Special Astronomy Seminar: Modeling Supernova Interaction with Circumstellar Material
Speaker: Chelsea Harris, UC-Berkeley
Supernova progenitors -- the star systems that result in a terminal explosion -- are largely unknown across all supernova types. A rare subset of supernovae (SNe) from both the core-collapse and thermonuclear explosion mechanisms have been observed to collide with circumstellar mass (CSM) -- material that was expelled by the progenitor in the millennia before explosion and thus constrains its identity. I simulate these collisions and calculate radiation signatures, creating tools for data interpretation.
This talk will focus on thermonuclear or type Ia supernovae (SNe Ia). In the case of core-collapse supernovae, interaction spans a range of CSM densities; but, perplexingly, SNe Ia seem to be dichotomous, having either the densest CSM observed for any star system, or none at all (with none being the typical case). However, the derivation of CSM properties from observations is model-dependent; so perhaps part of the apparent dichotomy is not physical but rather because we interpret observations with models that do not apply to SN Ia progenitors. For this talk, I will focus my simulations of SN Ia interaction that address whether, in the majority case where no interaction is observed, it is possible that the interaction wasn’t too dim (low density) to see but rather too short duration to see. I ran one-dimensional hydrodynamic simulations of ejecta hitting a detached, geometrically thin shell of material, and presented a new way to place upper limits on CSM density from data at radio frequencies that is simple for anyone to use.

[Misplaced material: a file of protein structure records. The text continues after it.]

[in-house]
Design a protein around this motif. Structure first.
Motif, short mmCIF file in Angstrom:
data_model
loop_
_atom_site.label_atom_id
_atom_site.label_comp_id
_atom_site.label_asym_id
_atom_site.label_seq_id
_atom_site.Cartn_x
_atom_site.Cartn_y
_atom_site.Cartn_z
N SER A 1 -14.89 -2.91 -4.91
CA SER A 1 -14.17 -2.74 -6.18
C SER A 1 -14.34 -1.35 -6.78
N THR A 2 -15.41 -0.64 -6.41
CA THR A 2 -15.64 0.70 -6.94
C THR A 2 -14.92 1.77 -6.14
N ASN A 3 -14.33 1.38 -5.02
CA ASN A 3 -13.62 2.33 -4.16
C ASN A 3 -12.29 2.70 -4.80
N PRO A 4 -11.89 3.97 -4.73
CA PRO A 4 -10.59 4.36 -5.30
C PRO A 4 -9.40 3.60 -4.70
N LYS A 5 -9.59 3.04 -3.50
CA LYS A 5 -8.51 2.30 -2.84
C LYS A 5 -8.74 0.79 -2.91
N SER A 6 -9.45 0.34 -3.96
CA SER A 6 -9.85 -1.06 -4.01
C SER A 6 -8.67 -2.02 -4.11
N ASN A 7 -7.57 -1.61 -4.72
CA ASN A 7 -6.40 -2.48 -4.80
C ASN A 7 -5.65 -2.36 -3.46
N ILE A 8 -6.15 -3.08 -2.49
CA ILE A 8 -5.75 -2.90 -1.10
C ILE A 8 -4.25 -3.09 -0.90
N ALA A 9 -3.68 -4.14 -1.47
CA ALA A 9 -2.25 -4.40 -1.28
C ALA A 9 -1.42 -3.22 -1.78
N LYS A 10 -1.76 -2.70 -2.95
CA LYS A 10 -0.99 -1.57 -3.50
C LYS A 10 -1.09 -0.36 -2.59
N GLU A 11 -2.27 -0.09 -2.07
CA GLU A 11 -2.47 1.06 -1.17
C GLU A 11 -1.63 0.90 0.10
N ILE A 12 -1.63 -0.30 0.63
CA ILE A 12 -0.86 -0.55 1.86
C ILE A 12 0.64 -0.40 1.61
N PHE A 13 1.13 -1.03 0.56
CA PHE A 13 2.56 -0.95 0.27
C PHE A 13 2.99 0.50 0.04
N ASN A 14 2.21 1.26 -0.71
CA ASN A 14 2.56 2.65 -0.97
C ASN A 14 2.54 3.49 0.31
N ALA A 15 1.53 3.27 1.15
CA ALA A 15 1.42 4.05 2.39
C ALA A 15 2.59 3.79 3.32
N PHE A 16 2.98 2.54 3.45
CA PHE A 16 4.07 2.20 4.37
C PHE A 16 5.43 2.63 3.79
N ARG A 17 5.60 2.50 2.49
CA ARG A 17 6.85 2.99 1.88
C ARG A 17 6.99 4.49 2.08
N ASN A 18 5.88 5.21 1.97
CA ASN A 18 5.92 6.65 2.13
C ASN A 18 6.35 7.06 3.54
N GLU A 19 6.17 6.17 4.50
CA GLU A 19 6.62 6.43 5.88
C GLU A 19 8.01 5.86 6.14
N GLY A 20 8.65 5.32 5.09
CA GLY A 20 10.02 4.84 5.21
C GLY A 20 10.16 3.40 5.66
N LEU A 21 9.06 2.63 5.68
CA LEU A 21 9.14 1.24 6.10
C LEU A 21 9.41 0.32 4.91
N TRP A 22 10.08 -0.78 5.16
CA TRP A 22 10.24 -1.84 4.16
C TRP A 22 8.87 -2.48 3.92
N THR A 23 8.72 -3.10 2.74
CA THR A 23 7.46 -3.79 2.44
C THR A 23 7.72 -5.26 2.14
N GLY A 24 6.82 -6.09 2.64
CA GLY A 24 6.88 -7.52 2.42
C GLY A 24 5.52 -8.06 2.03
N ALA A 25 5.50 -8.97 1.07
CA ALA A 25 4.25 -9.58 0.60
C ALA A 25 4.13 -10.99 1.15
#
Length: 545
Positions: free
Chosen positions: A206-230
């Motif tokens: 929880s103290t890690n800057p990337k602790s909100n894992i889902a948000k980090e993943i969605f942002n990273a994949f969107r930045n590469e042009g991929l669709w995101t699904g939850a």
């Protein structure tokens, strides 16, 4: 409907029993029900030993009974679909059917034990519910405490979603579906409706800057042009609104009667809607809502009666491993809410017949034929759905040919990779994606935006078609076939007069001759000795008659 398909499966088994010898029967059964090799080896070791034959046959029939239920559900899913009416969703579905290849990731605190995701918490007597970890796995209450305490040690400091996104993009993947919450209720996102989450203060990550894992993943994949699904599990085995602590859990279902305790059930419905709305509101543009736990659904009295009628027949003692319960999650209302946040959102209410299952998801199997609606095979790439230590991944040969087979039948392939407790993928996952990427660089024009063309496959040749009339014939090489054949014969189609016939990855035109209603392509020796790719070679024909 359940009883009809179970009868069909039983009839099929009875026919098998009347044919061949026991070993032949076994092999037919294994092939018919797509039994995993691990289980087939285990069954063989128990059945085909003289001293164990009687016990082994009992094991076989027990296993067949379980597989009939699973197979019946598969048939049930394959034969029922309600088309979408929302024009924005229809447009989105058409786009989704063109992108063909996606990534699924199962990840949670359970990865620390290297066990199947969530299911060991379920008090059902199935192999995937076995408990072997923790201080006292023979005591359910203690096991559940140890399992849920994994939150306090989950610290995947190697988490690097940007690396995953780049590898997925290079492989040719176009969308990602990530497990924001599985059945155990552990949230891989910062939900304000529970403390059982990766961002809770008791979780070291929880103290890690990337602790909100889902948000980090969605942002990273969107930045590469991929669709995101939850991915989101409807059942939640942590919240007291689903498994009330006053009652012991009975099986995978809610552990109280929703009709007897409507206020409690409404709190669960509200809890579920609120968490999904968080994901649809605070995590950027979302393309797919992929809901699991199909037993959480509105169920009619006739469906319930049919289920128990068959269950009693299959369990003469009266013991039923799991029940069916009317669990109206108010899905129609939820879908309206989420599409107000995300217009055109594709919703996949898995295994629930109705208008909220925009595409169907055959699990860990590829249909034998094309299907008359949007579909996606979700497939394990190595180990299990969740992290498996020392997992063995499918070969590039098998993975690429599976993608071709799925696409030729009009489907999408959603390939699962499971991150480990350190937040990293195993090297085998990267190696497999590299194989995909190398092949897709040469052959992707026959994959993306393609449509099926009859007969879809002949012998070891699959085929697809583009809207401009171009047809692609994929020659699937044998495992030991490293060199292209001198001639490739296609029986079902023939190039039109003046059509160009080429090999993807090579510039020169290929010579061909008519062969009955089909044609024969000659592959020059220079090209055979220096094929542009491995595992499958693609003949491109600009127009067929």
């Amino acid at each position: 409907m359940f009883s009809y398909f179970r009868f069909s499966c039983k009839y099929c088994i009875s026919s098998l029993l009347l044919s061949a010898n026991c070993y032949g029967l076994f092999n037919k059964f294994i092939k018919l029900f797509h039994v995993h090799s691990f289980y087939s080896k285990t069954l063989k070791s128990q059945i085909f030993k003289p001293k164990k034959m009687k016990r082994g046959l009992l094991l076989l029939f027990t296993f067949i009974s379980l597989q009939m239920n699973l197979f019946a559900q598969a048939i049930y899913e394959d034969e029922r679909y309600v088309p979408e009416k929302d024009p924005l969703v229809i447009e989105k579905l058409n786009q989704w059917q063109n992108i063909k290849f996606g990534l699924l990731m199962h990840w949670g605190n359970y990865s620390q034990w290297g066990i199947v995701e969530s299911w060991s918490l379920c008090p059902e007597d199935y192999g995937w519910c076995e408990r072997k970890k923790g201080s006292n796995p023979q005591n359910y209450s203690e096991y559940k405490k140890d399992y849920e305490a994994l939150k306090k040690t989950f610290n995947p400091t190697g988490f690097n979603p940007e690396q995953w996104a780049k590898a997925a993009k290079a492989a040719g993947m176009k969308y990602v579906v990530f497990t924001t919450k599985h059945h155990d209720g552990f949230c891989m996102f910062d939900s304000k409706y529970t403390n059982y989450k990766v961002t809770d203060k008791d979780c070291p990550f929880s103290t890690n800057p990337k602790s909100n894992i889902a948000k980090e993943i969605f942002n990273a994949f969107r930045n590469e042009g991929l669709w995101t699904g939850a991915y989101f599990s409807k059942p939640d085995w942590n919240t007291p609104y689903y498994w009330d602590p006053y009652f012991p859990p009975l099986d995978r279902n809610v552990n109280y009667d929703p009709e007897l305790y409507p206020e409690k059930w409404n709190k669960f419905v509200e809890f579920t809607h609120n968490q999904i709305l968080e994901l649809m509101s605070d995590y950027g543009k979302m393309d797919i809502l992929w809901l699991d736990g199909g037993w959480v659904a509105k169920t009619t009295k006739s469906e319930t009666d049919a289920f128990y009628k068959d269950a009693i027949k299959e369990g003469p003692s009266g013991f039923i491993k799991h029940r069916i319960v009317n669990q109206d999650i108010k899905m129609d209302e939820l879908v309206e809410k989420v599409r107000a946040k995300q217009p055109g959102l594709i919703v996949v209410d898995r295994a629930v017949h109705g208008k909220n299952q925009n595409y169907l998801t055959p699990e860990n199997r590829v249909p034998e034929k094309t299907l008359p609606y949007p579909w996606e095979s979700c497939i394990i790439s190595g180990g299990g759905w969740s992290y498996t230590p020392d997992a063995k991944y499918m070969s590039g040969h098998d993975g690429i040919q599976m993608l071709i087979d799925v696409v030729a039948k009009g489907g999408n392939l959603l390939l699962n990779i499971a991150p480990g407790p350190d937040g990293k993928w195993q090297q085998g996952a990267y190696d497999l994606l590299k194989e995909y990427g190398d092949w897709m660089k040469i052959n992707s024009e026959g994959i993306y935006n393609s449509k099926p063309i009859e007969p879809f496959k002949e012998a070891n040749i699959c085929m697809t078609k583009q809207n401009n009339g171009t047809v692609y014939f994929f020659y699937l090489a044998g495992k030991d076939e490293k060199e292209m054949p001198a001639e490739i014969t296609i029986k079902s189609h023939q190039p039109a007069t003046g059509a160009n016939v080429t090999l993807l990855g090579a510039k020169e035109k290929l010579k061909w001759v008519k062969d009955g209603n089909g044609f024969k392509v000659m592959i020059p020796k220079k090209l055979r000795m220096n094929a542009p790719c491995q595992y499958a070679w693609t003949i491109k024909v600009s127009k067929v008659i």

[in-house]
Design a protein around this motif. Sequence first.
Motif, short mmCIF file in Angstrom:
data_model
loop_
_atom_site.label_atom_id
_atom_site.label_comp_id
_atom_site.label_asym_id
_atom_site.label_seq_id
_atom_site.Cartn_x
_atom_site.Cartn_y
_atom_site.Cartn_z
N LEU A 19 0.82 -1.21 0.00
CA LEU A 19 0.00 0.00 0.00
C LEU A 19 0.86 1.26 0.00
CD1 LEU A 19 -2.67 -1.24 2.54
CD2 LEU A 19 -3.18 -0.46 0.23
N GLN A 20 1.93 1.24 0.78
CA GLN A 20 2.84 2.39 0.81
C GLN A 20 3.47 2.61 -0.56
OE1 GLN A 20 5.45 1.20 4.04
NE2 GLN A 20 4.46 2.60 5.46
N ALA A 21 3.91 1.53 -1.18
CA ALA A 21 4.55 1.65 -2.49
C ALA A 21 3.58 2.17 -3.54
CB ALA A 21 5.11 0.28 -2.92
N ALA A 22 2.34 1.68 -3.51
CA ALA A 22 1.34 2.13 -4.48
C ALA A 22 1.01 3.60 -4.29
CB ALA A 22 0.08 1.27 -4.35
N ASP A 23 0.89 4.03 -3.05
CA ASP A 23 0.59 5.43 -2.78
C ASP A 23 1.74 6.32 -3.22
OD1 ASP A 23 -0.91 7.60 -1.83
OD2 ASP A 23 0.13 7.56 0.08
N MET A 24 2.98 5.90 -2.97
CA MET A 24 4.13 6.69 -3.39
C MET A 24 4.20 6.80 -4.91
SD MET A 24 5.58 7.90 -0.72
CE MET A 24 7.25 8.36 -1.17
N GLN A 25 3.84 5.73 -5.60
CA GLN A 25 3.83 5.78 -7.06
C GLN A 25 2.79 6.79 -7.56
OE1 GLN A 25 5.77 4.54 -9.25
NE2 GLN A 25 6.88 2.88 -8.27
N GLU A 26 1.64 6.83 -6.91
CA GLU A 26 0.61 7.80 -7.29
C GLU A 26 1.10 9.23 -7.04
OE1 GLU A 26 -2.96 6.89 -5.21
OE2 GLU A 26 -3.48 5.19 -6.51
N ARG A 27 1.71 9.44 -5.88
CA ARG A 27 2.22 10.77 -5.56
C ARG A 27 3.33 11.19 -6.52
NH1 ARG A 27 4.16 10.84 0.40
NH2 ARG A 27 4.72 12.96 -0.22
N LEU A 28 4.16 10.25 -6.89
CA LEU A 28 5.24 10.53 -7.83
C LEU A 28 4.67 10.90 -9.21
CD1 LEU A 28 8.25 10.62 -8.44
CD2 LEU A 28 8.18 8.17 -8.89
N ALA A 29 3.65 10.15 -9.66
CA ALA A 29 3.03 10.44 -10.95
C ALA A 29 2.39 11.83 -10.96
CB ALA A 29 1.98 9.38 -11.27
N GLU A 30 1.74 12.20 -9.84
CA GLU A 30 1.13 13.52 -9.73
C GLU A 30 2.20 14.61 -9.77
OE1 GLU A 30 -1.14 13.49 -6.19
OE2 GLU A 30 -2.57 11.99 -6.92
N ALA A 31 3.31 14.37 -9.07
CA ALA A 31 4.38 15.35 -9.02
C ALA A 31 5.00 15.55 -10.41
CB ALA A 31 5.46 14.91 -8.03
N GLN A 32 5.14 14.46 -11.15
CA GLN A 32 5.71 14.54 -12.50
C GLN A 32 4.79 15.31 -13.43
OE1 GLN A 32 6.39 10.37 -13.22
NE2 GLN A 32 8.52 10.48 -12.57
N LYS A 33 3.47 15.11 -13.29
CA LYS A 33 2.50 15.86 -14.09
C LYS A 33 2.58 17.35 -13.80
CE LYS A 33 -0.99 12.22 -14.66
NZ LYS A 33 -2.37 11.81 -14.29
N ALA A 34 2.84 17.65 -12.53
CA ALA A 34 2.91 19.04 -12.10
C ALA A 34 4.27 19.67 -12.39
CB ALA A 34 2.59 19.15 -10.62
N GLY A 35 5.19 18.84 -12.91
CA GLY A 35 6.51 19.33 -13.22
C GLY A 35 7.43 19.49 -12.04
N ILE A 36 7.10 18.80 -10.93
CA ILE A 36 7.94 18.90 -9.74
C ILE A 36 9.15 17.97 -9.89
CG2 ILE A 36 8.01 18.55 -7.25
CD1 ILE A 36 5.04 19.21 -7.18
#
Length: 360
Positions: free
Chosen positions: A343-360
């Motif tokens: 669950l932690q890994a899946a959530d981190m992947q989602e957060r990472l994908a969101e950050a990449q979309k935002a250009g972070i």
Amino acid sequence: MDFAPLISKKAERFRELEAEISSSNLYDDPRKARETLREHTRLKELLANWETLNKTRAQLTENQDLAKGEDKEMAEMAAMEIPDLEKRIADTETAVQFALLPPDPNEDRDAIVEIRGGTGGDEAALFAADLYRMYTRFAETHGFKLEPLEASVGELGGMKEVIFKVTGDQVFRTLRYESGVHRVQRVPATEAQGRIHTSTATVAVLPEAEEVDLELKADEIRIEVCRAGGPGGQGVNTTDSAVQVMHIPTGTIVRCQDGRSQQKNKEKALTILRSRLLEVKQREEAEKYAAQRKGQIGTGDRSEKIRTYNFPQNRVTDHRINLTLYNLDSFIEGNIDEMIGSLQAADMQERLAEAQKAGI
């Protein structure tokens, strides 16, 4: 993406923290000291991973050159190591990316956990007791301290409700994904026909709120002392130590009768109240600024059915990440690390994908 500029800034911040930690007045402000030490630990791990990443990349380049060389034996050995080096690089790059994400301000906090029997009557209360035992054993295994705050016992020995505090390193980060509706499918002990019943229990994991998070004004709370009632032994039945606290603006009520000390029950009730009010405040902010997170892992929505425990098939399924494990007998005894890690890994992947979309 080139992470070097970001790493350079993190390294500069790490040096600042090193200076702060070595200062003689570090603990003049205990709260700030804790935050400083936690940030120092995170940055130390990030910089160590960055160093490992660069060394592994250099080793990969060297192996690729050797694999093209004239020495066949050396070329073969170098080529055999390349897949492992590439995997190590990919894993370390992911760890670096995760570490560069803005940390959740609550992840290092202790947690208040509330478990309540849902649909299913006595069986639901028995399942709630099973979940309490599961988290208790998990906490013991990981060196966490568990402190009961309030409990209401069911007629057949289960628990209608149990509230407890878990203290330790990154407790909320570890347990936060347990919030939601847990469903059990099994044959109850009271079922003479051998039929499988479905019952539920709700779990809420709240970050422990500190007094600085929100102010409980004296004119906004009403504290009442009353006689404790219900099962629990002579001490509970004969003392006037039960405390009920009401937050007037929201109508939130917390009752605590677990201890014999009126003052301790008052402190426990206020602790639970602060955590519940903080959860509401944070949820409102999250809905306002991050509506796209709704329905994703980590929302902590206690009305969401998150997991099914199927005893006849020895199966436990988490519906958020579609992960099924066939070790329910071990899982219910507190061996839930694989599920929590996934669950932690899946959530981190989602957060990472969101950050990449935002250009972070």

I continue to work on delayed and long-duration interaction, and I will also outline some of these projects: How extended is the CSM of PTF 11kx ? How could a disk of CSM change the timescales of emission? And, what can we do with the improved sample size the Large Synoptic Survey Telescope is going to give us?
 Harris, Nugent, and Kasen (2016)
 Graham, Harris, Fox, et al. (2017)